Danny Alexander – 2012 Speech on the Welsh Funding Announcement

Below is the text of the speech made by the Chief Secretary to the Treasury, Danny Alexander, on 24th October 2012 in Cardiff, Wales.



I’m delighted to be here today making a statement that brings more good news in the form of new commitments on the future of Welsh funding.

Today the UK and Welsh Governments are announcing that we will regularly review relative levels of Welsh funding.  Take from me that this is a very clear signal that the UK Government recognises that this is a major concern in Wales.  I have also agreed that capital borrowing powers should be devolved in Wales, as long as there is an independent revenue stream in place to support them.

In July, in a joint article, the Chancellor and I outlined the Government’s commitments to restoring competitiveness and infrastructure across the UK.

We put our money where our mouth is when we announced one of the biggest overhauls of our railways since Victorian times, including the electrification of the lines from Cardiff to Swansea and the Welsh Valleys.

And today, UK and Welsh Government support is enabling a partnership of leading universities and multinationals led by Swansea University to launch a new Knowledge and Innovation Centre with the aim of creating a range of renewable energy products that could revolutionise the construction industry.”

The joint statement on funding that we are announcing today is another major step forward for Wales

I’d like to pay tribute to Jane Hutt.  Jane it has been a pleasure to reach this agreement with you and be a part of talks that have been so genuinely collaborative.  The fact that our governments can work together in this way is another shining example of the benefits of one United Kingdom.


Historically, Welsh funding per person has been higher than in England but has been converging towards English levels.

Our joint forecasts show that convergence is not currently occurring. In fact over the next few years Welsh funding will diverge away from England.

However by planning for the long term best interests of Wales, we recognise that this is an issue of deep concern here. It is with this in mind that for the first time the UK Government will jointly assess forecasts of relative funding levels at every spending review. If convergence is forecast to resume we will look at the options to address it; and we are committed to only implementing changes that both governments can accept as being fair and affordable.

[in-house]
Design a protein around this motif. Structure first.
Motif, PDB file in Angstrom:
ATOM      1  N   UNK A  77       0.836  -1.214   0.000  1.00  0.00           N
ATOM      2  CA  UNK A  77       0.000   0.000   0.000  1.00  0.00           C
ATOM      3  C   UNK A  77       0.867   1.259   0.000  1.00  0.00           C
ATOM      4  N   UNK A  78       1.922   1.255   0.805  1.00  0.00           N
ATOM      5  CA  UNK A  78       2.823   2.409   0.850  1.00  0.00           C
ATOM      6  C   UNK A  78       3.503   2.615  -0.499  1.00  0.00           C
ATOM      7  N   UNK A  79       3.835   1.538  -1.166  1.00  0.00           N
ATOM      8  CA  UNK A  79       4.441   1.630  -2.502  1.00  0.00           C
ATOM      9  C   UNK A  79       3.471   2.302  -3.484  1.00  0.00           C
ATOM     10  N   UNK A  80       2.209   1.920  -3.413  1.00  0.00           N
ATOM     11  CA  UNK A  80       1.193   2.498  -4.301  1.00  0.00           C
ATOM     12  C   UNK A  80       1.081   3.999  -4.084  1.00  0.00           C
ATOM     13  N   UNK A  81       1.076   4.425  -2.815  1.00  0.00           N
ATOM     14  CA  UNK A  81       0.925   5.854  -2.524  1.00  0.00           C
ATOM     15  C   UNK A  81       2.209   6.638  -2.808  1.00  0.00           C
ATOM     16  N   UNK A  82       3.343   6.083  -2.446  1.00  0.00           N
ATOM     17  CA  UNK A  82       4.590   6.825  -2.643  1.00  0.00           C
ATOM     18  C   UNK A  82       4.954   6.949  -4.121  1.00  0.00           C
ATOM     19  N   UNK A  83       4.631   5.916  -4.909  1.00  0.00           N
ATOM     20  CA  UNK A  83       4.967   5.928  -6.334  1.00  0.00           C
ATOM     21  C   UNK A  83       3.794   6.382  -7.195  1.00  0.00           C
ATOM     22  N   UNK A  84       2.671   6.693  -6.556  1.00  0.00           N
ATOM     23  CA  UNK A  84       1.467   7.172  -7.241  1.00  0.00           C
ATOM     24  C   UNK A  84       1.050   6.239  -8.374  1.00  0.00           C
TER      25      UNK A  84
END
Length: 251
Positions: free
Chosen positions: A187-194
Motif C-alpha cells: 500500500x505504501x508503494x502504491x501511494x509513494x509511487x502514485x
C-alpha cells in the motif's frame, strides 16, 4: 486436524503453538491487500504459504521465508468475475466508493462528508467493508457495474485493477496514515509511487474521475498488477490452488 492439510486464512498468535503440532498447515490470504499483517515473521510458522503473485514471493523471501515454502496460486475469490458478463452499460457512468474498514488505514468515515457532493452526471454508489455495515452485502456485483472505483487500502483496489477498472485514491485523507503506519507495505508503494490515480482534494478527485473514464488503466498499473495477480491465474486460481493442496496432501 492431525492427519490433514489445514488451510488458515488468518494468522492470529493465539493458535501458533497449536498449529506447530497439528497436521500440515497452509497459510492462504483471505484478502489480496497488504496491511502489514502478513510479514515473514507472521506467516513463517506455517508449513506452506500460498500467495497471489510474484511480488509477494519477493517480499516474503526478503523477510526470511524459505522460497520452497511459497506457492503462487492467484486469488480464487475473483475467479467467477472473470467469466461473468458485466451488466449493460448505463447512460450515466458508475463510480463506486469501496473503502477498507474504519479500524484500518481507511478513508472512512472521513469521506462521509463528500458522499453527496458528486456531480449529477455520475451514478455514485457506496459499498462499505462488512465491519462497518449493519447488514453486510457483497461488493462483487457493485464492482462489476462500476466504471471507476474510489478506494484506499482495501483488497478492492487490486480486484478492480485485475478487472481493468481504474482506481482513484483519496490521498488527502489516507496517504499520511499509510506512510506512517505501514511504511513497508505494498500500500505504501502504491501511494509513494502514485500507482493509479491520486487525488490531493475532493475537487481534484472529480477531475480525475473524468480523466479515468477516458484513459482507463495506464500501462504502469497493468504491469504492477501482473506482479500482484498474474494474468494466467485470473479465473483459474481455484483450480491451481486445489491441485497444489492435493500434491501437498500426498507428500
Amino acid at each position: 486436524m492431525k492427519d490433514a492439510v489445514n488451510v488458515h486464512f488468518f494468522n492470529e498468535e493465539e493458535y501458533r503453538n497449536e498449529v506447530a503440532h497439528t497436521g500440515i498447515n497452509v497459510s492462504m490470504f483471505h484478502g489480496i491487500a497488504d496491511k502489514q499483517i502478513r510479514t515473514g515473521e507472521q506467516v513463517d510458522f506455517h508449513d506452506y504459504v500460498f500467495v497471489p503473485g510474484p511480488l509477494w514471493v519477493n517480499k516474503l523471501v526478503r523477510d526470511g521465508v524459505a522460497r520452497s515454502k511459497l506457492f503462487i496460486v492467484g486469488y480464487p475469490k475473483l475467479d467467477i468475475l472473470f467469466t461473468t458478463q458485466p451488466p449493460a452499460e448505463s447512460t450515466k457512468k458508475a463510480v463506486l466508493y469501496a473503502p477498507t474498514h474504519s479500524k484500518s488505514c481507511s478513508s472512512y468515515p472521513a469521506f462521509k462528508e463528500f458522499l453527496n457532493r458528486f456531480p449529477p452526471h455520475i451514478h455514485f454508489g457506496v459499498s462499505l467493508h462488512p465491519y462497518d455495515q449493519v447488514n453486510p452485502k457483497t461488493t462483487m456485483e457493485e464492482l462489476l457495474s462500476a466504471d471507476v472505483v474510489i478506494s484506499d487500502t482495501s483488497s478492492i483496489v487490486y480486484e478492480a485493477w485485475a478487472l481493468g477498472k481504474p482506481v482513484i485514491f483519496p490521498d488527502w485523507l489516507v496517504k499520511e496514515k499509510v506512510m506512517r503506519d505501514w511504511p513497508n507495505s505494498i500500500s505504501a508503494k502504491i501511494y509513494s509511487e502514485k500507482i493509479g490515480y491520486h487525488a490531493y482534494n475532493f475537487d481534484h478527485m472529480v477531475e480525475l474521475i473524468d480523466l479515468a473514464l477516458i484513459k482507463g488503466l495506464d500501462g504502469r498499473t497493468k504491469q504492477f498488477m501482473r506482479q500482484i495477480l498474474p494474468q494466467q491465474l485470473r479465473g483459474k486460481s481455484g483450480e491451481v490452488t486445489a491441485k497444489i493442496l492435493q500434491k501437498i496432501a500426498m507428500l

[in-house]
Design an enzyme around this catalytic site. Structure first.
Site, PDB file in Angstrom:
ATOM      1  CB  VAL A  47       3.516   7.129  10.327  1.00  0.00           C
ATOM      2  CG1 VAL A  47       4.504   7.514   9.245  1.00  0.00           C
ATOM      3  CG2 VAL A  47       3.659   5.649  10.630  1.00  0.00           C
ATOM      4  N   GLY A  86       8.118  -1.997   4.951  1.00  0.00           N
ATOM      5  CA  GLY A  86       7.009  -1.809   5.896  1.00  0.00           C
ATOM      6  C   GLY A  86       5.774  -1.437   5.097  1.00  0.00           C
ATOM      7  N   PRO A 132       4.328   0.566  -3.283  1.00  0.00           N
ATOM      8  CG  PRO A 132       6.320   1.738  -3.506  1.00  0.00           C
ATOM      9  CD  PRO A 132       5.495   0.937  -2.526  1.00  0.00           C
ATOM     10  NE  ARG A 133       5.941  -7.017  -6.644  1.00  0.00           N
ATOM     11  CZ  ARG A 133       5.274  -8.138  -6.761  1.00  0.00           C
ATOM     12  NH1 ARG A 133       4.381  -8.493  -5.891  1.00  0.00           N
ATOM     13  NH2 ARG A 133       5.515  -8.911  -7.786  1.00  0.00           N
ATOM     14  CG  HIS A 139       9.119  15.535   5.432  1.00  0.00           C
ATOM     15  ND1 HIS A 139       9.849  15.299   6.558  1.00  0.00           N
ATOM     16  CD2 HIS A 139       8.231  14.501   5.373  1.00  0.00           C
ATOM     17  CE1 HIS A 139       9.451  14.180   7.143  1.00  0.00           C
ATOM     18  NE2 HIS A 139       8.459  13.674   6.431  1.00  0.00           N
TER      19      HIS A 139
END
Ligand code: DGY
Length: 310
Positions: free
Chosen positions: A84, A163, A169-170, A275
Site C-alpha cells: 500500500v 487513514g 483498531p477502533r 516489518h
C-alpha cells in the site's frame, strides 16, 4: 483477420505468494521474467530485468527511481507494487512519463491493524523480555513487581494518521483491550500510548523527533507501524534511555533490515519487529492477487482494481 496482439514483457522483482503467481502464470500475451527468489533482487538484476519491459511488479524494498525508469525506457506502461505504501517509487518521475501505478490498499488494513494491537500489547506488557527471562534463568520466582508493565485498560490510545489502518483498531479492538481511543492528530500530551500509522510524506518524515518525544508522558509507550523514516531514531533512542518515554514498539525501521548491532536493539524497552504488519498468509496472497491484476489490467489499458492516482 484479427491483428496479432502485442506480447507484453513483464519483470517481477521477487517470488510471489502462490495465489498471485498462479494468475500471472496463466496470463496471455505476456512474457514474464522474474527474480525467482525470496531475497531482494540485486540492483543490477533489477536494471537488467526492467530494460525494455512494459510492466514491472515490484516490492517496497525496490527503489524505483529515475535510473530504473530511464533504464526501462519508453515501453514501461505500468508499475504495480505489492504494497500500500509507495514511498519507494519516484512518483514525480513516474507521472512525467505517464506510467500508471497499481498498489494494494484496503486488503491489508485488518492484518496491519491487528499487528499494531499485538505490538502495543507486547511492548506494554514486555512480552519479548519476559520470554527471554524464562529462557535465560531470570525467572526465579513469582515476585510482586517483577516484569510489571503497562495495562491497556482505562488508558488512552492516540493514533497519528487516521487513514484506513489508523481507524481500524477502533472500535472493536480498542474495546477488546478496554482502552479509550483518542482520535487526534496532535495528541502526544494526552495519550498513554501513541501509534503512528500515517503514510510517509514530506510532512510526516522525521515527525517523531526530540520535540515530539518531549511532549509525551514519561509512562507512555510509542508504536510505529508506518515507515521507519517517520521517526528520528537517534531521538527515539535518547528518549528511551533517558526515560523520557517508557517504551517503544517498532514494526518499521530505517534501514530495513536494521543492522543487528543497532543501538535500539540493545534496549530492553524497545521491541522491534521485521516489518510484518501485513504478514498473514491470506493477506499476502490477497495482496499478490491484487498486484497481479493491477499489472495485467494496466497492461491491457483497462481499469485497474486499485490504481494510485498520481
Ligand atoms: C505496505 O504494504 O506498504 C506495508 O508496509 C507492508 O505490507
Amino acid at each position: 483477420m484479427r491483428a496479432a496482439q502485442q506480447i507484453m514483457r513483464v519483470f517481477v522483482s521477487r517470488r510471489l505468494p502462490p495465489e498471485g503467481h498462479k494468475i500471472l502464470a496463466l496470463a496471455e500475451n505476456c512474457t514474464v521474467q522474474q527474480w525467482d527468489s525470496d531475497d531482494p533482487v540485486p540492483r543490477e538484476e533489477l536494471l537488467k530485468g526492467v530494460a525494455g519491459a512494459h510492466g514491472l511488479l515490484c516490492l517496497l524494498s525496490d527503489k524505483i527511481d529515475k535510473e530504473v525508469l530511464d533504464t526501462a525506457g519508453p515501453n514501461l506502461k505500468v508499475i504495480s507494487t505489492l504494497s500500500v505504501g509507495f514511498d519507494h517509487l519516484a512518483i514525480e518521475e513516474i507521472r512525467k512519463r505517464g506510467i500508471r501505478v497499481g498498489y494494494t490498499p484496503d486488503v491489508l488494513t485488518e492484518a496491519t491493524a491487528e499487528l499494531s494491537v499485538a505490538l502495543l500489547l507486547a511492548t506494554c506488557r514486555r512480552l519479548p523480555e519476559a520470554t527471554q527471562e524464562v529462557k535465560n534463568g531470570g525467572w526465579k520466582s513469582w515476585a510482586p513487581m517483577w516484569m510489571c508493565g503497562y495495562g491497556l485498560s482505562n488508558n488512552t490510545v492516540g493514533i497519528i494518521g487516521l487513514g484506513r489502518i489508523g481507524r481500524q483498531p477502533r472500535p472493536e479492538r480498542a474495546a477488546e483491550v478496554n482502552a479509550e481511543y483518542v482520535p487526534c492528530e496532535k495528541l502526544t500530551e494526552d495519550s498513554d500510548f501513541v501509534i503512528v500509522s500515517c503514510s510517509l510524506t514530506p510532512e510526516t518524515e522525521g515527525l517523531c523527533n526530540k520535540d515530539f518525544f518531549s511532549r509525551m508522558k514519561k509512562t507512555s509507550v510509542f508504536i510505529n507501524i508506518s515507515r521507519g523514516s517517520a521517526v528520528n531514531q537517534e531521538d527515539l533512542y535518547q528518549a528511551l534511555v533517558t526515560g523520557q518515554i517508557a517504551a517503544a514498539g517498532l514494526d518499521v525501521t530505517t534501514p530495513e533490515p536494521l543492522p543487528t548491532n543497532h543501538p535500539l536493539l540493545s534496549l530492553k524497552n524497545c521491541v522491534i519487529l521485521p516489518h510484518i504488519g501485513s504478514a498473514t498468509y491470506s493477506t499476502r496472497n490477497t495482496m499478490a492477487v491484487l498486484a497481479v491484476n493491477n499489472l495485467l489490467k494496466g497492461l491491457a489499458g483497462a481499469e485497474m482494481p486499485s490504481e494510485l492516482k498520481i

The Silk Commission

Today’s agreement establishes a solid platform to consider the Silk Commission’s report, to be published this Autumn. Having seen the hard work of Calman come to fruition I am very proud to have been part of a negotiation that delivered this for Wales and I believe their recommendations could represent an historic step for Welsh devolution.

Fiscal devolution is a necessary next step for the Welsh Government and opens up new opportunities to boost financial accountability and greater spending power.

For the first time the UK Government agrees that the Welsh Government should be given capital borrowing powers, on the condition that this is supported by an independent revenue stream – like devolved taxes, currently under consideration by the Silk Commission. Let me be clear: if Silk recommends devolving revenue raising powers, and Wales implements them, then we put in place commensurate new borrowing powers for Wales.

Devolved capital borrowing powers could be used to supplement long-term infrastructure investment, building on the measures the UK Government has already supported in Wales such as the unlocked funding to electrify the valley lines, and the funding to establish Cardiff as one of the first ten ‘Super-connected cities’ in the UK.

I am delighted that the UK and Welsh Governments have worked so closely and effectively together to deliver on this outcome today.

I am hopeful that we will be able to build on what we have achieved by making real progress on the Silk agenda over the next few months.  We need to move quickly towards lasting reform based on consensus.

This agreement opens the prospect of a new financial settlement for Wales: greater accountability, greater responsibility, more revenue raised and spent here, and more ability to shape growth, safe in knowledge that the rug will not be pulled from under their feet by some future UK Government.

We have demonstrated once again that all parts of the United Kingdom benefit from working together.  We are better together.

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